Cinthia Pacheco, an Argentine-Canadian SEO expert, loves pussywalking. “I liked the concept as soon as I heard about it, but I really underestimated how powerful it would be,” she says. Pacheco feels more grounded, present, and joyful when she pussywalks, and incorporates it into her daily life.
Pacheco pussywalks as she approaches a grocery check-out line or boards a bus. “I’ve had both men and women offer me a spot in line or a seat. That never happens to me normally, but with pussywalking, I’m emanating different energy, and that connects with people around me.”
She has also used pussywalking in meetings with clients. “Drawing my awareness down to my pussy helps me become more mindful and less reactive.” Even pussywalking at home when her partner is present can have an effect. “Whatever the circumstances, it changes the energy in the room, and people take notice.”
Pussywalking For Back Pain
J.M. Calverley, a New Zealander who writes murder mysteries set in Hawaii, says pussywalking reminds her to slow down and become more languid. “It’s a gorgeous feeling. It reminds me of those African women that seem to effortlessly carry things on their heads in perfect feline grace and balance.”
Calverley discovered that pussywalking alleviated her back pain. One day, she felt pain as she walked across a parking lot. “Just for fun, and to see if it made a difference, I shifted into pussywalk mode,” she explains. “My whole body moved into alignment.” The pain subsided. “Now, I remind myself to pussywalk whenever I’m frumping or thumping along. It’s a sensuous glide that makes me feel very female and feminine.”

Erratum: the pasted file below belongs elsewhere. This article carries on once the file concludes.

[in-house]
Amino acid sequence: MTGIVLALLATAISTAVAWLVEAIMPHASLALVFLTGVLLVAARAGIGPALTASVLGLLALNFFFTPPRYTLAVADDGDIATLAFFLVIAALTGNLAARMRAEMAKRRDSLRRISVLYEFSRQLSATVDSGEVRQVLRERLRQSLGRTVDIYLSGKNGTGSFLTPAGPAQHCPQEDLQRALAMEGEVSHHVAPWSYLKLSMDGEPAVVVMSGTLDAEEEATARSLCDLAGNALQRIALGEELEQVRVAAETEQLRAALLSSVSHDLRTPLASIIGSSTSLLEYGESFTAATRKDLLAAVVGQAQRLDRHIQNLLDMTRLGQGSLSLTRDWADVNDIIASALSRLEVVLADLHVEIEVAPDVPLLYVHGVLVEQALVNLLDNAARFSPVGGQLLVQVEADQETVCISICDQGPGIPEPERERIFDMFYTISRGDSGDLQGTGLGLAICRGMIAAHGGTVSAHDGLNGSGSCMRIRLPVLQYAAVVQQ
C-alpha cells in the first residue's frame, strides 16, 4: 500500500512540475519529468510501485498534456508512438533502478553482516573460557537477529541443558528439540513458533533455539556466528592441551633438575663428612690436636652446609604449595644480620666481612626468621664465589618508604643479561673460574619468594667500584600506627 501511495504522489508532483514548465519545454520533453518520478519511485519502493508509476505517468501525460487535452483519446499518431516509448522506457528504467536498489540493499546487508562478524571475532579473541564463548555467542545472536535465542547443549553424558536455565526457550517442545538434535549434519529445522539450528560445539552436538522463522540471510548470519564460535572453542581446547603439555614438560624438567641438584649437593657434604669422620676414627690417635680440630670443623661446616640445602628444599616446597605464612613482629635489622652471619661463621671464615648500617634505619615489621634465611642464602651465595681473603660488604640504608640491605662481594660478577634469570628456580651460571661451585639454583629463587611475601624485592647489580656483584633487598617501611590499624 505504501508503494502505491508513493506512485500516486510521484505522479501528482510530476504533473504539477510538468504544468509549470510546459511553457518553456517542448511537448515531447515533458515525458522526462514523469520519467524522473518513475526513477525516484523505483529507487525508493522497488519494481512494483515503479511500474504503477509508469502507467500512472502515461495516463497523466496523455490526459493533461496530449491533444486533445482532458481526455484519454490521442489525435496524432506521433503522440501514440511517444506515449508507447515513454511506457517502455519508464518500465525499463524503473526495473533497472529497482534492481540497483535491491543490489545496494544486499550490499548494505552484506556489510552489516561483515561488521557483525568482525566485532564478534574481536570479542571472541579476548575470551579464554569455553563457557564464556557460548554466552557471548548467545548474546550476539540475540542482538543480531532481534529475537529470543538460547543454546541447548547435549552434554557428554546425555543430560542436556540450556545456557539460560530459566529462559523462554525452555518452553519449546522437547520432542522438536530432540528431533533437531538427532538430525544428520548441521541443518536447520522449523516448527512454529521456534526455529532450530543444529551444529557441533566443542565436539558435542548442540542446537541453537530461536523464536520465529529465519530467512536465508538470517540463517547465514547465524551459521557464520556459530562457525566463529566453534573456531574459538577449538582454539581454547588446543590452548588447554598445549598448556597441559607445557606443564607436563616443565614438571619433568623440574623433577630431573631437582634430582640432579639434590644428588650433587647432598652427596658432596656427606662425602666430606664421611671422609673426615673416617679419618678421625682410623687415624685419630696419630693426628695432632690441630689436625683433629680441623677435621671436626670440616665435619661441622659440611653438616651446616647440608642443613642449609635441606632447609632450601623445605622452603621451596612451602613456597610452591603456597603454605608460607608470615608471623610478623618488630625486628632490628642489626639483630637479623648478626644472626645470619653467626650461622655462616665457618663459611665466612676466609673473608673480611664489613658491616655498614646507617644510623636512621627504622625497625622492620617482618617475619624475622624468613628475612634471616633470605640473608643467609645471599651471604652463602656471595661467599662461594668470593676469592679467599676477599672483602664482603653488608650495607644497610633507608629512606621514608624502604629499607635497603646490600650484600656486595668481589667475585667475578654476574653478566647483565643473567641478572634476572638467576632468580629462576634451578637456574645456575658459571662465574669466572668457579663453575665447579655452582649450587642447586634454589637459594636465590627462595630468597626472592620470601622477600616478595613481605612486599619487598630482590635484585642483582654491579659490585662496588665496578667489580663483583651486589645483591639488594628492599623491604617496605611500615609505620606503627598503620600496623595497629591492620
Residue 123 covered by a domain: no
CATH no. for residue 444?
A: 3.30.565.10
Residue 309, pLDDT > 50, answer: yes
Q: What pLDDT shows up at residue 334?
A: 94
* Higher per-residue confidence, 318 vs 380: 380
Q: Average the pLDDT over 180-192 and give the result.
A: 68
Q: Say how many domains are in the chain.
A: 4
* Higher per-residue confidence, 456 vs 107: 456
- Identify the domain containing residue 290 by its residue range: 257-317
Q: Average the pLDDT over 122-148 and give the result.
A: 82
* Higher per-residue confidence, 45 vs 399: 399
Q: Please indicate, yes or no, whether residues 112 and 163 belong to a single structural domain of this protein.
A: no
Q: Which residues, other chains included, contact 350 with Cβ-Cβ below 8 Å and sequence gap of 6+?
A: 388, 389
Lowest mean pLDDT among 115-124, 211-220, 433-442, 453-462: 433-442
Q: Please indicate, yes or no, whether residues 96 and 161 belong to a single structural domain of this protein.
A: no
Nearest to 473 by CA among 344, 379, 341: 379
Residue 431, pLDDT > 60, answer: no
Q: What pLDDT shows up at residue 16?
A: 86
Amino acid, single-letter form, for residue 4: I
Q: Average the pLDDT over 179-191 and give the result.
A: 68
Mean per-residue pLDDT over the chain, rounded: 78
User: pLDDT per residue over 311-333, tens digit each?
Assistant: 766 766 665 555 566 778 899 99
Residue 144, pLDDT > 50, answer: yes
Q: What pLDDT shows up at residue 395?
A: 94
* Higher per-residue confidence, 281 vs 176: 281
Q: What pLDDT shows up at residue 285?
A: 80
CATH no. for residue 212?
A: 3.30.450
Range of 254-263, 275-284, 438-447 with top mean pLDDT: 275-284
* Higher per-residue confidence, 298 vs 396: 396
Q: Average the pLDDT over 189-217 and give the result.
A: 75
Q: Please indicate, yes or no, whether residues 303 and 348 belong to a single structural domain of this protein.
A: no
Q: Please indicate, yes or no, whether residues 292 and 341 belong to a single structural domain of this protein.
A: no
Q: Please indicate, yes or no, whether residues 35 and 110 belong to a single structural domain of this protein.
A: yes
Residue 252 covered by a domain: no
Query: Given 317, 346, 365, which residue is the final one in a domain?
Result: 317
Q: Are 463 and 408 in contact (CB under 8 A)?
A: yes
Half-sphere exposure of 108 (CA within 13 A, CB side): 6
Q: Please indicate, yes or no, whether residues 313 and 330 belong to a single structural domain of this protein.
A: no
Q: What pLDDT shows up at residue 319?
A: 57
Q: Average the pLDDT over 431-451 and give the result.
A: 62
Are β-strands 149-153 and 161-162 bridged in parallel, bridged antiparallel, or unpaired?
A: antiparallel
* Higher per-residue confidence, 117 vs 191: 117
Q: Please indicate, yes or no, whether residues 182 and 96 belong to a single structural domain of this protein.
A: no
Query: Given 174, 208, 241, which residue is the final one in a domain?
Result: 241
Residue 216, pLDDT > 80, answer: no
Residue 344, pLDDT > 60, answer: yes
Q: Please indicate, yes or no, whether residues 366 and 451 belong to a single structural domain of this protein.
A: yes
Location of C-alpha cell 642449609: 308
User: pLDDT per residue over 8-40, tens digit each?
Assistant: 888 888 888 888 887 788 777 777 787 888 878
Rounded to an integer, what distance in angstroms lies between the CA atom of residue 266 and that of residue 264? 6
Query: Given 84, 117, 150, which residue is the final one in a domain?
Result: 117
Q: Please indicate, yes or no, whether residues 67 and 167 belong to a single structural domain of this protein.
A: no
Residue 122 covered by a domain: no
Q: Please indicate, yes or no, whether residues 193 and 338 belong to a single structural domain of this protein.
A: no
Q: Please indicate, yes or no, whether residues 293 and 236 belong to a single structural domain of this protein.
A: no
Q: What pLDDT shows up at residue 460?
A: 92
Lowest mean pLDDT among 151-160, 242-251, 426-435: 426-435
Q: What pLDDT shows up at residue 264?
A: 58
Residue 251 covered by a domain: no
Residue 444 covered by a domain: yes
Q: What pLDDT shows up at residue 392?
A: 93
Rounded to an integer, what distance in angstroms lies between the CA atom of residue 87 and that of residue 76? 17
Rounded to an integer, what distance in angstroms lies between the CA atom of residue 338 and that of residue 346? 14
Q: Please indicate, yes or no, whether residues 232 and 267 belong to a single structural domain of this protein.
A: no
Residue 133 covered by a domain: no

Pussywalking As An Extension Of Yoga
Kätlin Armei, a Vinyasa yoga teacher and lifelong dancer from Estonia, adopted pussywalking immediately after reading about it on Cagen’s website. “At that time, there weren’t videos yet, but I was excited to try it on my own.” It came very naturally to her. “In yoga, there are certain asanas that activate the sacral or root chakra,” says Armei. “Pussywalking is a perfect way to continue to keep your awareness on that same place.”
Though she may have had a head start in body awareness due to yoga and dance, Armei insists that any woman with an open mind can enjoy the benefits of pussywalking. “You can begin with a meditation, just focusing on the sensations in this area. Then start walking, and notice how you are gaining power and energy as you move.”
Pussywalking To Heal From Sexual Abuse
Some women use pussywalking to take back the joy and energy of their bodies after sexual abuse or rape. Even those who have never been abused may habitually shrug their shoulders or minimize their breasts to gain a sense of safety in a threatening environment. “A classic posture of shame is to curl up in a ball when you’re sitting, or standing with your shoulders hunched,” says Cagen. “Pussywalking activates energy in the pelvic region that travels up the spine and naturally adjusts our posture to become more open and proud, even queenlike.”
Currently, at work on a memoir that includes her story of healing the impact of sexual abuse through sensuality, Cagen sees pussywalking as a way for women to live more fully in a sometimes hostile world. “There are a lot of sexually abusive elements in our culture that make us feel physically at risk. Pussywalking can give us the sense of strength we need to move confidently through any situation.”